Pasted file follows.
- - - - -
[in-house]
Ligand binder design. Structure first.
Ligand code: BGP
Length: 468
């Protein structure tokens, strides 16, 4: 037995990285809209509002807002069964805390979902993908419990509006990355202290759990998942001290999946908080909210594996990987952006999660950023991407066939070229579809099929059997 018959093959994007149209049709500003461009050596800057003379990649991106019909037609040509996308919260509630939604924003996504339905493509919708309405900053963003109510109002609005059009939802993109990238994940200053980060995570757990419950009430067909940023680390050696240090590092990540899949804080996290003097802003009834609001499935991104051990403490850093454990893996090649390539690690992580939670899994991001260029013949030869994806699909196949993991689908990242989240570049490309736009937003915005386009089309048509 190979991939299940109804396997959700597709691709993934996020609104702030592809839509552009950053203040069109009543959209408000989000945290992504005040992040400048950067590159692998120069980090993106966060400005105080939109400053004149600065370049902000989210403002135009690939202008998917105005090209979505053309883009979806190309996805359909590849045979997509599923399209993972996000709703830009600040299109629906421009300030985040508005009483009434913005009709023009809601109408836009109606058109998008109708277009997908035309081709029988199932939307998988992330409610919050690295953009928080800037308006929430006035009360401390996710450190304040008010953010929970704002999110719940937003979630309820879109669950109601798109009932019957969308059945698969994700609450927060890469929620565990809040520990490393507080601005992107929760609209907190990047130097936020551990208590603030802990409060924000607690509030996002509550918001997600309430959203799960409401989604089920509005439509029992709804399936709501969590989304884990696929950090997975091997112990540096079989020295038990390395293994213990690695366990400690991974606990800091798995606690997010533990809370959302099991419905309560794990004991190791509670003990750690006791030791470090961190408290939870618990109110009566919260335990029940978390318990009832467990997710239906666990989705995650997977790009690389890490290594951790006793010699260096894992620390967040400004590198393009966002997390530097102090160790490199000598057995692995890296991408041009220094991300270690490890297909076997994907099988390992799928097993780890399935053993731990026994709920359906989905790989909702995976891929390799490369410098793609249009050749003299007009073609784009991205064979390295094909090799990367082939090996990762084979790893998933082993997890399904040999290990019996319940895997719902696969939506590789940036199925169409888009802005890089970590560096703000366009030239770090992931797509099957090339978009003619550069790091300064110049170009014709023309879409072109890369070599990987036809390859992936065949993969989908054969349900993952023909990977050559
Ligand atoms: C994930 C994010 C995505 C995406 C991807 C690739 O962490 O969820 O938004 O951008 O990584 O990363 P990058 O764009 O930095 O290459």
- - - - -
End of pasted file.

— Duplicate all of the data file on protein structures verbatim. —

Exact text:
[in-house]
Ligand binder design. Structure first.
Ligand code: BGP
Length: 468
């Protein structure tokens, strides 16, 4: 037995990285809209509002807002069964805390979902993908419990509006990355202290759990998942001290999946908080909210594996990987952006999660950023991407066939070229579809099929059997 018959093959994007149209049709500003461009050596800057003379990649991106019909037609040509996308919260509630939604924003996504339905493509919708309405900053963003109510109002609005059009939802993109990238994940200053980060995570757990419950009430067909940023680390050696240090590092990540899949804080996290003097802003009834609001499935991104051990403490850093454990893996090649390539690690992580939670899994991001260029013949030869994806699909196949993991689908990242989240570049490309736009937003915005386009089309048509 190979991939299940109804396997959700597709691709993934996020609104702030592809839509552009950053203040069109009543959209408000989000945290992504005040992040400048950067590159692998120069980090993106966060400005105080939109400053004149600065370049902000989210403002135009690939202008998917105005090209979505053309883009979806190309996805359909590849045979997509599923399209993972996000709703830009600040299109629906421009300030985040508005009483009434913005009709023009809601109408836009109606058109998008109708277009997908035309081709029988199932939307998988992330409610919050690295953009928080800037308006929430006035009360401390996710450190304040008010953010929970704002999110719940937003979630309820879109669950109601798109009932019957969308059945698969994700609450927060890469929620565990809040520990490393507080601005992107929760609209907190990047130097936020551990208590603030802990409060924000607690509030996002509550918001997600309430959203799960409401989604089920509005439509029992709804399936709501969590989304884990696929950090997975091997112990540096079989020295038990390395293994213990690695366990400690991974606990800091798995606690997010533990809370959302099991419905309560794990004991190791509670003990750690006791030791470090961190408290939870618990109110009566919260335990029940978390318990009832467990997710239906666990989705995650997977790009690389890490290594951790006793010699260096894992620390967040400004590198393009966002997390530097102090160790490199000598057995692995890296991408041009220094991300270690490890297909076997994907099988390992799928097993780890399935053993731990026994709920359906989905790989909702995976891929390799490369410098793609249009050749003299007009073609784009991205064979390295094909090799990367082939090996990762084979790893998933082993997890399904040999290990019996319940895997719902696969939506590789940036199925169409888009802005890089970590560096703000366009030239770090992931797509099957090339978009003619550069790091300064110049170009014709023309879409072109890369070599990987036809390859992936065949993969989908054969349900993952023909990977050559
Ligand atoms: C994930 C994010 C995505 C995406 C991807 C690739 O962490 O969820 O938004 O951008 O990584 O990363 P990058 O764009 O930095 O290459």